Obama hones style in search for working class vote
WILMINGTON, North Carolina |
WILMINGTON, North Carolina (Reuters) - With his shirt-sleeves rolled up, Democrat Barack Obama unveiled signs of a new campaigning style on Monday as he sought to win over elusive working-class voters who have largely backed his opponent, Hillary Clinton.
Obama, a senator from Illinois and the national front-runner for his party's White House nomination, lost last week's Pennsylvania primary election to rival Clinton, a senator from New York, largely because of lukewarm support from blue-collar workers.
Obama said on Friday he would fine-tune his campaign and remind people of his humble roots.
On Monday, with his tie on but coat off, Obama did just that. He spoke about religion, reminded listeners he had been raised by a single mother and told the crowd he wanted to take their questions rather than spend time giving a long speech.
"I want you to be able to lift the hood, and kick the tires, you know, take me out for a test drive a little bit," he said at the beginning of his first event.
The event was one example in a handful of incidents that show Obama adjusting to a prolonged state-by-state nominating process in which he has not been able to knock Clinton out despite his lead in votes and delegates who determine the party's nominee in the November election.
Scheduled events are part of that shift. In recent days Obama has done more town hall-style meetings than big rallies. Accustomed to bounding on stage at large events to loud music, he now arrives with his introducer, usually a local citizen with economic problems to share, which he listens to intently before taking over the podium.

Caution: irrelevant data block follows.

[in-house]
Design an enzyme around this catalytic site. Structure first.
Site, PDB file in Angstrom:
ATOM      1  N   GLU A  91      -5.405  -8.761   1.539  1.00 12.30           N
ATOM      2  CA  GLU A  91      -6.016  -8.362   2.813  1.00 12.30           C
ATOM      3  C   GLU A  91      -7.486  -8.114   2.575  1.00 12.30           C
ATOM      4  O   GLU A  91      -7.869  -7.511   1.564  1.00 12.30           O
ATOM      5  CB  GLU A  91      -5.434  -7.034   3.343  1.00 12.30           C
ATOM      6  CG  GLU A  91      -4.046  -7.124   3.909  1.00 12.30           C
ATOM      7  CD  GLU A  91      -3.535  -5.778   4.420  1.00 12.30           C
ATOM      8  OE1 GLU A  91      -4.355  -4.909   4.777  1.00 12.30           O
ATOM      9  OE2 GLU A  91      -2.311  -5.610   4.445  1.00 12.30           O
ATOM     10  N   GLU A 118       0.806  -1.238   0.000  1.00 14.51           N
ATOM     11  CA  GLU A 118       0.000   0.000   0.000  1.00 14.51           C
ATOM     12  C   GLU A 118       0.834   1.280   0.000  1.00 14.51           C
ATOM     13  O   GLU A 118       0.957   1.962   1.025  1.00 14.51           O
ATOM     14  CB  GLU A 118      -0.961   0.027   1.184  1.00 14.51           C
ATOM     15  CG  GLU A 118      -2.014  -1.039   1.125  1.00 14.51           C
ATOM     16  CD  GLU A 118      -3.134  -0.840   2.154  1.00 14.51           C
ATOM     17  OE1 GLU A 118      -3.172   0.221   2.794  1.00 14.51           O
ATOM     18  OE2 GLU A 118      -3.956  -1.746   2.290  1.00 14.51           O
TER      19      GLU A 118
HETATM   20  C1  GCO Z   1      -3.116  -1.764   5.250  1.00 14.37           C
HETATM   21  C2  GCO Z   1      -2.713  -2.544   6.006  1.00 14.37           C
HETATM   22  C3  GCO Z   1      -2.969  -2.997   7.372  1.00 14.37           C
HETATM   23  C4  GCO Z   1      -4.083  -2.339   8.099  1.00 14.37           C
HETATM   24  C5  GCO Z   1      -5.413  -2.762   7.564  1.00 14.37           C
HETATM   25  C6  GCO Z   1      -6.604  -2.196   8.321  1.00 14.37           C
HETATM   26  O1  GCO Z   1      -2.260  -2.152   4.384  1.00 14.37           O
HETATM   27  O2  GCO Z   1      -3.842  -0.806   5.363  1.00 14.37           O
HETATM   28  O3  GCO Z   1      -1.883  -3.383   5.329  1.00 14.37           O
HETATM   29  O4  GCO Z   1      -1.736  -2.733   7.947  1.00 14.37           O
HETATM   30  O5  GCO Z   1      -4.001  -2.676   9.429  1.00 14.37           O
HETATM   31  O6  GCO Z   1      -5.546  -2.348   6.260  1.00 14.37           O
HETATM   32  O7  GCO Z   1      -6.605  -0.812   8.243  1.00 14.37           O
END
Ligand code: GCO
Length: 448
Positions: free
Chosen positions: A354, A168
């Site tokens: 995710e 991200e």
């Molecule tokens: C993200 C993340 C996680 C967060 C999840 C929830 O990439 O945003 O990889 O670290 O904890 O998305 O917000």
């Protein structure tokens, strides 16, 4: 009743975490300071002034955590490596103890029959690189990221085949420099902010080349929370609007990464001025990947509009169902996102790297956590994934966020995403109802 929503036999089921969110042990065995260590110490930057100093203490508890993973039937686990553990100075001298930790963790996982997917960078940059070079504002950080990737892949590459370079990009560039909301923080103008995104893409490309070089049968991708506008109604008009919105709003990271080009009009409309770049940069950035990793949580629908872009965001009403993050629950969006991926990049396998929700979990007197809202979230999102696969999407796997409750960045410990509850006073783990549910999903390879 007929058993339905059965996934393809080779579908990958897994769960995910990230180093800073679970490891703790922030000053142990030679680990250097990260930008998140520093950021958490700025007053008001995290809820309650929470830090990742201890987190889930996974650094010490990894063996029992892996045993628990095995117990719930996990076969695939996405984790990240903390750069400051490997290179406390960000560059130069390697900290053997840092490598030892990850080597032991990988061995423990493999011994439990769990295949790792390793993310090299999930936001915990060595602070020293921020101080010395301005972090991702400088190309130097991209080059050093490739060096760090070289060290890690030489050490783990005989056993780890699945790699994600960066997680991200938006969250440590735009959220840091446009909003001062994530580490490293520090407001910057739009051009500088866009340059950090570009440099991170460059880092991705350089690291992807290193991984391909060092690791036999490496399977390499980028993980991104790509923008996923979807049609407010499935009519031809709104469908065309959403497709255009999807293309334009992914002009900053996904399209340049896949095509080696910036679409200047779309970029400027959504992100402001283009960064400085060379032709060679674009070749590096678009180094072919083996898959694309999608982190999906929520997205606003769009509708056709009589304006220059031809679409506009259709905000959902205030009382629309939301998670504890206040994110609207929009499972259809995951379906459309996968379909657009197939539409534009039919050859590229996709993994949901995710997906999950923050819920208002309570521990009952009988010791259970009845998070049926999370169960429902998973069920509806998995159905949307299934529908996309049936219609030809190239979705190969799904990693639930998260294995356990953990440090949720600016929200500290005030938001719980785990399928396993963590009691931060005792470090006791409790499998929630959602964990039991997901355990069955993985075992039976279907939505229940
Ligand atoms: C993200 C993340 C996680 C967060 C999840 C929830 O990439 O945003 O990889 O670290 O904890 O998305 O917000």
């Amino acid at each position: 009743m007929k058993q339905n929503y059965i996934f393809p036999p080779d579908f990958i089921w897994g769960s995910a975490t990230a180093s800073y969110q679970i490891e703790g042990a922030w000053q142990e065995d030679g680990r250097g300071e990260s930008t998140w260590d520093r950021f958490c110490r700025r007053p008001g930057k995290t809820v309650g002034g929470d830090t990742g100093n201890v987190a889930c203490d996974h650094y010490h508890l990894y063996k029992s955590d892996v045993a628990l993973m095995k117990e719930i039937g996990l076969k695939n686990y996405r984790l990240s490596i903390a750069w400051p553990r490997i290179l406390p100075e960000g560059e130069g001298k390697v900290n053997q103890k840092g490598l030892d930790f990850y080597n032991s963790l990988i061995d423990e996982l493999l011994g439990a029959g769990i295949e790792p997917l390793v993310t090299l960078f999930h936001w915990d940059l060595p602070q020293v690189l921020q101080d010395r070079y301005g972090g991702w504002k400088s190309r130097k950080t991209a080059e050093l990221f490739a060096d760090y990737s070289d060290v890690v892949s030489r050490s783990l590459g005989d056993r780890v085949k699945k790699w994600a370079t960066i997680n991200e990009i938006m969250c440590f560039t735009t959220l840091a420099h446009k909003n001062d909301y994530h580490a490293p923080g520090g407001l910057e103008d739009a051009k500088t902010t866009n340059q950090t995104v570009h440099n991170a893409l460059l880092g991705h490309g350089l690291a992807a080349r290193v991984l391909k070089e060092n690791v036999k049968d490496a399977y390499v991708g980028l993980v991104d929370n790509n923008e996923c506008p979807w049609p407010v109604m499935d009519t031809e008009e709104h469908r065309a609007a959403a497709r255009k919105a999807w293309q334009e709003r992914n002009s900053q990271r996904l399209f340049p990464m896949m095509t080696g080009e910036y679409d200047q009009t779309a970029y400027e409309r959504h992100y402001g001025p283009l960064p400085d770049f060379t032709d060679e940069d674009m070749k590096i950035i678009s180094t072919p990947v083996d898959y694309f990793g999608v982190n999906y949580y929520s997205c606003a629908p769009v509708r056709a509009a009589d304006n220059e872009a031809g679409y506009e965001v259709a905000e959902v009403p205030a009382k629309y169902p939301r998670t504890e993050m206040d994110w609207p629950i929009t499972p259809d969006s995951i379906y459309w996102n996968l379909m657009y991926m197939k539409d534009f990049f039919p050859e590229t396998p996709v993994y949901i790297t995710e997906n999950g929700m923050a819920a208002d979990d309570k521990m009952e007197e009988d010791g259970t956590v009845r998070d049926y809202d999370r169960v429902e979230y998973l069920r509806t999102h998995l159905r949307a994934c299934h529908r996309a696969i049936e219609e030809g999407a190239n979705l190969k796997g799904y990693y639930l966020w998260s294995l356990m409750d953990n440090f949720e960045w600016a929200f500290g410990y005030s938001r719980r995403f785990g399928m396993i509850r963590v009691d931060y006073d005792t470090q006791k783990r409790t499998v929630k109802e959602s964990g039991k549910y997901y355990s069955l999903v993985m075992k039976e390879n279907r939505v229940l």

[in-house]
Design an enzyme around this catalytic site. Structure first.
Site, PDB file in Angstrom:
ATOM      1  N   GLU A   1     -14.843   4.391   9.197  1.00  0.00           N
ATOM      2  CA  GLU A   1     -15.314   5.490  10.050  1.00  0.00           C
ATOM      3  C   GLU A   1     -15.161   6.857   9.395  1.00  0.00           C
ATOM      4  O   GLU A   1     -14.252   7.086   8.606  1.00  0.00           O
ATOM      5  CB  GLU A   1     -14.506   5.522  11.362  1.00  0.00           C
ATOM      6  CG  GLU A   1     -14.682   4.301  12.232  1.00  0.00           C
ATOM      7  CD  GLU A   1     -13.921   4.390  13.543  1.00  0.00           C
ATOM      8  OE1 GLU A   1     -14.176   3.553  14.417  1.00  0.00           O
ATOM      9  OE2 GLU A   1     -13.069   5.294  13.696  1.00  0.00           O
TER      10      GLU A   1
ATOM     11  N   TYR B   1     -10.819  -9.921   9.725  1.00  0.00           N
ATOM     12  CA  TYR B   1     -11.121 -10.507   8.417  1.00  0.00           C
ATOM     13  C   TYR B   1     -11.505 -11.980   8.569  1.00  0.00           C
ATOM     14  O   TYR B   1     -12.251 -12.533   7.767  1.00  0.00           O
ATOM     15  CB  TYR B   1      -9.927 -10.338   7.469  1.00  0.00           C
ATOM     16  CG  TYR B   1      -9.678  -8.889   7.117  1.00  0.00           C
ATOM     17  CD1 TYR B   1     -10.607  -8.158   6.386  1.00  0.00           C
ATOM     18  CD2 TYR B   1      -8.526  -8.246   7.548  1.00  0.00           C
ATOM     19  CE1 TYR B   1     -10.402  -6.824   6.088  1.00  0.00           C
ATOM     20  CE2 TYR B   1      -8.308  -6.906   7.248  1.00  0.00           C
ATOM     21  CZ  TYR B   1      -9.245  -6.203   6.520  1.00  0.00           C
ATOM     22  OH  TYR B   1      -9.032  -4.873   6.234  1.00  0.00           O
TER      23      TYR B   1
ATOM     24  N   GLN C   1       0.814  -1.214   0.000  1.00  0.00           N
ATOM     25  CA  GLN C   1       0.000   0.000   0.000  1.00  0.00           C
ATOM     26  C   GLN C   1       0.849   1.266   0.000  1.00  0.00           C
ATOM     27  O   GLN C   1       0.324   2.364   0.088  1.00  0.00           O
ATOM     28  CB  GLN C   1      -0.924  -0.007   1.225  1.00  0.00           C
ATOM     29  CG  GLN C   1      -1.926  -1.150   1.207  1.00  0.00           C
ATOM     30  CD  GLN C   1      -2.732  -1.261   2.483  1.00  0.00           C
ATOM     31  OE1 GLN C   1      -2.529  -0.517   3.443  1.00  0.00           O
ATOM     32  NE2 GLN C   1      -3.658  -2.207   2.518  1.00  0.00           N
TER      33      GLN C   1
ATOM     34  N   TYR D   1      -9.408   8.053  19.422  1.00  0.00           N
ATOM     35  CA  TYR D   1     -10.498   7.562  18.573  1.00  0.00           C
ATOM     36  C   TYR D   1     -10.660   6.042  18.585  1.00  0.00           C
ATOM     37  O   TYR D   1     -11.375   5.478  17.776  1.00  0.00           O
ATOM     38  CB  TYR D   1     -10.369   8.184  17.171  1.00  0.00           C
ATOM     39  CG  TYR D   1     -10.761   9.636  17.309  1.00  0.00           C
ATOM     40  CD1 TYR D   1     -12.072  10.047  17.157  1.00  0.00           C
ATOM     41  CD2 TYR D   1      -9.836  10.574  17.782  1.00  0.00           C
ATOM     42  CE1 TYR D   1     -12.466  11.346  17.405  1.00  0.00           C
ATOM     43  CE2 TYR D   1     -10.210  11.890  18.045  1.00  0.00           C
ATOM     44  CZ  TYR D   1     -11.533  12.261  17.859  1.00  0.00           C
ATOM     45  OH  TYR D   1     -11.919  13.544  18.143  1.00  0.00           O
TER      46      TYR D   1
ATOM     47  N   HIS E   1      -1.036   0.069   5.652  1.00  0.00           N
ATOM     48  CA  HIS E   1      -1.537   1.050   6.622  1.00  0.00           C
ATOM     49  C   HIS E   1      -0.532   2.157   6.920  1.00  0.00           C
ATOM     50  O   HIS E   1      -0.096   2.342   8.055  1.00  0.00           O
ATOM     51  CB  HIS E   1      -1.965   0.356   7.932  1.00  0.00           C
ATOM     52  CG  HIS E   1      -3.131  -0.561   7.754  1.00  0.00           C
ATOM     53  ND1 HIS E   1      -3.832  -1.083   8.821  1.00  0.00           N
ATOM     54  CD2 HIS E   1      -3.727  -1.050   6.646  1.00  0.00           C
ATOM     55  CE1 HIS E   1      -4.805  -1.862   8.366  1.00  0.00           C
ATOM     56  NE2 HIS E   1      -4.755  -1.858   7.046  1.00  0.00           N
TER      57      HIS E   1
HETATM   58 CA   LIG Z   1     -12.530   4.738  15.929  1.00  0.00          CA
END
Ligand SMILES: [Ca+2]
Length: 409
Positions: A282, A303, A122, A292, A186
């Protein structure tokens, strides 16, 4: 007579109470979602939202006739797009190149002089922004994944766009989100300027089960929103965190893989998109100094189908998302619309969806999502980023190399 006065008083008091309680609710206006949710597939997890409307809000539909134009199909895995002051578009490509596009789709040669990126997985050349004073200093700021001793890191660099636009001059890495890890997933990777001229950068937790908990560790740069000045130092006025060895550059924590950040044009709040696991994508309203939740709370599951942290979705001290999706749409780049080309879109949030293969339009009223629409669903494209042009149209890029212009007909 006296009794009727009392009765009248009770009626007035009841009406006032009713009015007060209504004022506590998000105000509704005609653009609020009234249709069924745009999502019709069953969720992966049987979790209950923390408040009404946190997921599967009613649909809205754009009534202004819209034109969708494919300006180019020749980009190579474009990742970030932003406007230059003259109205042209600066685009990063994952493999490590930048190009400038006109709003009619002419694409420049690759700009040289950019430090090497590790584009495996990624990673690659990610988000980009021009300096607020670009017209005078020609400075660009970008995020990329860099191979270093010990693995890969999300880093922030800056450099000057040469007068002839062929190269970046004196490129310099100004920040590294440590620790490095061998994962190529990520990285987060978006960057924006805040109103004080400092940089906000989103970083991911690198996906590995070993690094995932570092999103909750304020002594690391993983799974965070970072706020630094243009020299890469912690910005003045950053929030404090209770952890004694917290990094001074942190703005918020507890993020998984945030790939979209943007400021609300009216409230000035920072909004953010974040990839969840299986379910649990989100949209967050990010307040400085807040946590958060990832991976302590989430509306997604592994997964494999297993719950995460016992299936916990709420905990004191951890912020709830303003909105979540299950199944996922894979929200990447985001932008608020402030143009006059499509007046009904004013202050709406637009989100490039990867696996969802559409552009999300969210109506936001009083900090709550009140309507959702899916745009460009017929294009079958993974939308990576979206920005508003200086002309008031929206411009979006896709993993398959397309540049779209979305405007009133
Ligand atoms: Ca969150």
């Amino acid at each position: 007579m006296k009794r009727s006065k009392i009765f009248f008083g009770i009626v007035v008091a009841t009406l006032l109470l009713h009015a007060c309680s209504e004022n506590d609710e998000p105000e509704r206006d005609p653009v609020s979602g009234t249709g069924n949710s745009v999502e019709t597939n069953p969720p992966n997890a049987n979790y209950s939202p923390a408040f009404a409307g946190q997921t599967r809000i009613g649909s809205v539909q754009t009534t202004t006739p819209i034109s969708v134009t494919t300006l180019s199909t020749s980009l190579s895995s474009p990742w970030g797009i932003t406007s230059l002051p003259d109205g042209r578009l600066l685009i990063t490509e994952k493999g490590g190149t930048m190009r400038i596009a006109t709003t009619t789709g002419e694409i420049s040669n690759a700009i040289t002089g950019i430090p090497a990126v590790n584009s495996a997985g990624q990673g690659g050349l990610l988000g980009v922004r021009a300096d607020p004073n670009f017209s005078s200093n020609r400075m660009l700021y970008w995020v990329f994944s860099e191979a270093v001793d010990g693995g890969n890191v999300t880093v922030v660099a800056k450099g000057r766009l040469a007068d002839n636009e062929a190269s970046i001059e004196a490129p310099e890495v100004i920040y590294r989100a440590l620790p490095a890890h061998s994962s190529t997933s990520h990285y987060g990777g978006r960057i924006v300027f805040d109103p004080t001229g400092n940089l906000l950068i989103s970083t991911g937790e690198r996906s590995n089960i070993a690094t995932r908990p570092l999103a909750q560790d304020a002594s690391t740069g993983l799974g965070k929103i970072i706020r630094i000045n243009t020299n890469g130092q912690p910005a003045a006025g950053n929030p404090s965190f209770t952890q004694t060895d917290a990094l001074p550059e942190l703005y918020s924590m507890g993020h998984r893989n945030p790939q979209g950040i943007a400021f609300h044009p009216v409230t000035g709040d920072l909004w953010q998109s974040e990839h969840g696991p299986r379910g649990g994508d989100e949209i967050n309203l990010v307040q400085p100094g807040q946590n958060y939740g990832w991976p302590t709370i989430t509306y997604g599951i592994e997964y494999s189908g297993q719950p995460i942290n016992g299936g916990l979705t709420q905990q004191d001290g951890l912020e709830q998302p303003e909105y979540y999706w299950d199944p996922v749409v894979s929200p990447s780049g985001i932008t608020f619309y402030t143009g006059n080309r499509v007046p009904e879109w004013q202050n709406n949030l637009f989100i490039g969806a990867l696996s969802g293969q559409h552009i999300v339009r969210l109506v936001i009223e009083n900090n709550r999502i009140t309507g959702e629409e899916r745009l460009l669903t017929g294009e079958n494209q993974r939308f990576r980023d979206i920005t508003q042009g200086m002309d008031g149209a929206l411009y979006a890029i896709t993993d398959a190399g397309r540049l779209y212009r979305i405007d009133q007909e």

Sometimes criticized by reporters for not taking questions often enough, he has given three press conferences over four days.
On Sunday he allowed cameras to film while he attended church in Indiana, something he often does privately while reporters are left behind.
The Clinton camp, meanwhile, said Obama was changing his style while their candidate continued her success by focusing on economic issues in big states that Democrats must win to beat Republican John McCain in November's general election.
"While Senator Obama retools his stump speech to reach middle and working class voters, Senator Clinton is going to continue doing what she has successfully done in Ohio and Pennsylvania -- reach out to those Americans who work hard for a living and need a champion in the White House," Communications Director Howard Wolfson in a statement.
Wolfson noted that Clinton did well among voters in those states who identified the economy as their No. 1 issue.
"By contrast, Senator Obama continues to perform poorly with blue collar voters, raising serious concerns about his ability to successfully compete in key industrial swing states," he said.
In the days leading up to the Pennsylvania vote, the negative tone between both campaigns increased steadily, despite promises from both sides that the party would be united in November.
Obama said on Monday he would abstain from negative tactics ahead of the next major contests on May 6 in Indiana and North Carolina -- and beyond.
"I am going to spend all of my time talking about you and how we are going to make sure that you can live out your American dream," he told the audience, adding, in a swipe at Clinton, that focusing on "superdelegates" was not in their interests.
Clinton needs the support of superdelegates -- party leaders and elected officials -- to overcome Obama's lead and clinch the nomination.
(additional reporting by Deborah Charles in Washington; editing by David Wiessler)
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